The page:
13th May 2019
Do Dental Implants Break?
Dental implants in London are made of ceramic or porcelain because the materials look and feel just like real teeth. Unfortunately, this may mean they break or chip occasionally. Just like real teeth, they are not invincible and are subject to damage and wear and tear. Dental implants can break under traumatic circumstances just like your natural teeth but taking care of them will greatly lessen the chances of them coming to any harm. We’re doing this to tell you exactly what to do if your dental implants break.
How can dental implants break?
Before we jump right into this, let’s take a look at the materials used to create your tooth replacement. There are three different parts: the dental implant placed in the jawbone (the titanium screw), the connective abutment, and the dental crown itself (the part made of ceramic or porcelain that looks like a tooth). Now we’ve got these key parts down, let’s look at the stress they can come under.
Your crown and abutment may suffer some damage when they come under too much pressure. Don’t worry, this isn’t the kind of pressure created by eating or chewing, because they’re specifically designed to withstand this kind of pressure. No, the pressure we’re talking about is applying quite a bit of force through your teeth. For example, if you bite open plastic packing or remove clothing labels with your teeth, you might dislodge your abutment or crack your crown. Your natural teeth can very easily chip while doing these sorts of things, so break this habit for longer-lasting dental implants.
The dental implant itself, the root embedded in your jaw, can break or fail if too much pressure is applied to it before it has fully bonded with your jawbone. After we place your root for the first time, we always wait for weeks or even months before placing your dental crown to lessen the likelihood of this failure.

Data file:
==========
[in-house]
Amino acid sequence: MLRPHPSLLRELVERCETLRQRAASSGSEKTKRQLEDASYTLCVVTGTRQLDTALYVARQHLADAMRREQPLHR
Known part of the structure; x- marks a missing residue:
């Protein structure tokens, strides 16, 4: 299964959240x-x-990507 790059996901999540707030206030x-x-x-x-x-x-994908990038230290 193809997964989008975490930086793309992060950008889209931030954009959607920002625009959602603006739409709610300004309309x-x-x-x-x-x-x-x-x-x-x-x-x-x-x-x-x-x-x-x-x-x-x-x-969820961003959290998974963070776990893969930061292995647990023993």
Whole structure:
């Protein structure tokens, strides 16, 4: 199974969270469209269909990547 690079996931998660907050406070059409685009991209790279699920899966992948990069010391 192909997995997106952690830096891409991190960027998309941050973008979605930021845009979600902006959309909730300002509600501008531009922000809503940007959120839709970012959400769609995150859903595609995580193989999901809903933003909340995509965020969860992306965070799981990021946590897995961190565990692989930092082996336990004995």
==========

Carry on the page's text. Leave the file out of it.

Can you fix a dental implant?
There are ways of restoring or fixing your dental implants, depending on which part of the apparatus has broken. If the implant itself, the screw, is broken, then the only choice is to remove it and replace it with a new root. Some patients may require some bone work if this happens, which can delay your roof replacement by a month or two, but it is entirely necessary. If your connective abutment or a crown breaks, then we only need to replace that specific part, which is comparatively fairly simple.
Preventing the breakage of your dental implants
It bears repeating, but don’t use your teeth for biting anything other than food. Biting through labels, chewing your pen lids, and even biting your fingernails could lead to a chipped crown or dislodged abutment. Teeth grinding and clenching can also put your dental implants under a lot of stress, but these habits can be safely managed by your dentist. Another highly important top tip is to follow the aftercare advice given to you, attend your maintenance appointments, and notify your dental team of any problems or side effects you may be worried about. We’re always on hand to help!